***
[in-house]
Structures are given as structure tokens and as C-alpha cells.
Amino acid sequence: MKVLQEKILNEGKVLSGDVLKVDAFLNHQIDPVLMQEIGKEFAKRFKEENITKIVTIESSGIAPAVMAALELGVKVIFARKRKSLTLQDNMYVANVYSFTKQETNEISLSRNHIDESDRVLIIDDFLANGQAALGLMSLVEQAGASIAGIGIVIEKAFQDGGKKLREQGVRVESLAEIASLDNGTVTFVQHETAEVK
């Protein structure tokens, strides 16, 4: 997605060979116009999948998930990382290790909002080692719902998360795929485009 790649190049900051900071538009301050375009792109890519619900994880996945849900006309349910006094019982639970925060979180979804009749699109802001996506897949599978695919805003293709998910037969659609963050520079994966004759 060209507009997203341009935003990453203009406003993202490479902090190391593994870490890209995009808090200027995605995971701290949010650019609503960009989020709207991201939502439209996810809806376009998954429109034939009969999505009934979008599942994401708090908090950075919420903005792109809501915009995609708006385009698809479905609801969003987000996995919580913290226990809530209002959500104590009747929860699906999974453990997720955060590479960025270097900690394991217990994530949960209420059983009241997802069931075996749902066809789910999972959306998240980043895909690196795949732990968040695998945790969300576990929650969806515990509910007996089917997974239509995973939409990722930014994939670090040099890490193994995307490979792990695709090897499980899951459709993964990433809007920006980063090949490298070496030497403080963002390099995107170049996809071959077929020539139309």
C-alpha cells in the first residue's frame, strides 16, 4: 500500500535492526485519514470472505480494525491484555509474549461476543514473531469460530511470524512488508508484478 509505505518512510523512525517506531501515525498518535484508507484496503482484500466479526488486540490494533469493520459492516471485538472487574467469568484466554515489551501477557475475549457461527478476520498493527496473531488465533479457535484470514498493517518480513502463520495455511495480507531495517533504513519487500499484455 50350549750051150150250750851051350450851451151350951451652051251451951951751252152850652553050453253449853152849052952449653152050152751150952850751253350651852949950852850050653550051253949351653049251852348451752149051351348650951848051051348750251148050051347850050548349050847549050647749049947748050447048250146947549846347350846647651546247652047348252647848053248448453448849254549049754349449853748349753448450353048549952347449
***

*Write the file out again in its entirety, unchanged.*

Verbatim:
[in-house]
Structures are given as structure tokens and as C-alpha cells.
Amino acid sequence: MKVLQEKILNEGKVLSGDVLKVDAFLNHQIDPVLMQEIGKEFAKRFKEENITKIVTIESSGIAPAVMAALELGVKVIFARKRKSLTLQDNMYVANVYSFTKQETNEISLSRNHIDESDRVLIIDDFLANGQAALGLMSLVEQAGASIAGIGIVIEKAFQDGGKKLREQGVRVESLAEIASLDNGTVTFVQHETAEVK
């Protein structure tokens, strides 16, 4: 997605060979116009999948998930990382290790909002080692719902998360795929485009 790649190049900051900071538009301050375009792109890519619900994880996945849900006309349910006094019982639970925060979180979804009749699109802001996506897949599978695919805003293709998910037969659609963050520079994966004759 060209507009997203341009935003990453203009406003993202490479902090190391593994870490890209995009808090200027995605995971701290949010650019609503960009989020709207991201939502439209996810809806376009998954429109034939009969999505009934979008599942994401708090908090950075919420903005792109809501915009995609708006385009698809479905609801969003987000996995919580913290226990809530209002959500104590009747929860699906999974453990997720955060590479960025270097900690394991217990994530949960209420059983009241997802069931075996749902066809789910999972959306998240980043895909690196795949732990968040695998945790969300576990929650969806515990509910007996089917997974239509995973939409990722930014994939670090040099890490193994995307490979792990695709090897499980899951459709993964990433809007920006980063090949490298070496030497403080963002390099995107170049996809071959077929020539139309």
C-alpha cells in the first residue's frame, strides 16, 4: 500500500535492526485519514470472505480494525491484555509474549461476543514473531469460530511470524512488508508484478 509505505518512510523512525517506531501515525498518535484508507484496503482484500466479526488486540490494533469493520459492516471485538472487574467469568484466554515489551501477557475475549457461527478476520498493527496473531488465533479457535484470514498493517518480513502463520495455511495480507531495517533504513519487500499484455 50350549750051150150250750851051350450851451151350951451652051251451951951751252152850652553050453253449853152849052952449653152050152751150952850751253350651852949950852850050653550051253949351653049251852348451752149051351348650951848051051348750251148050051347850050548349050847549050647749049947748050447048250146947549846347350846647651546247652047348252647848053248448453448849254549049754349449853748349753448450353048549952347449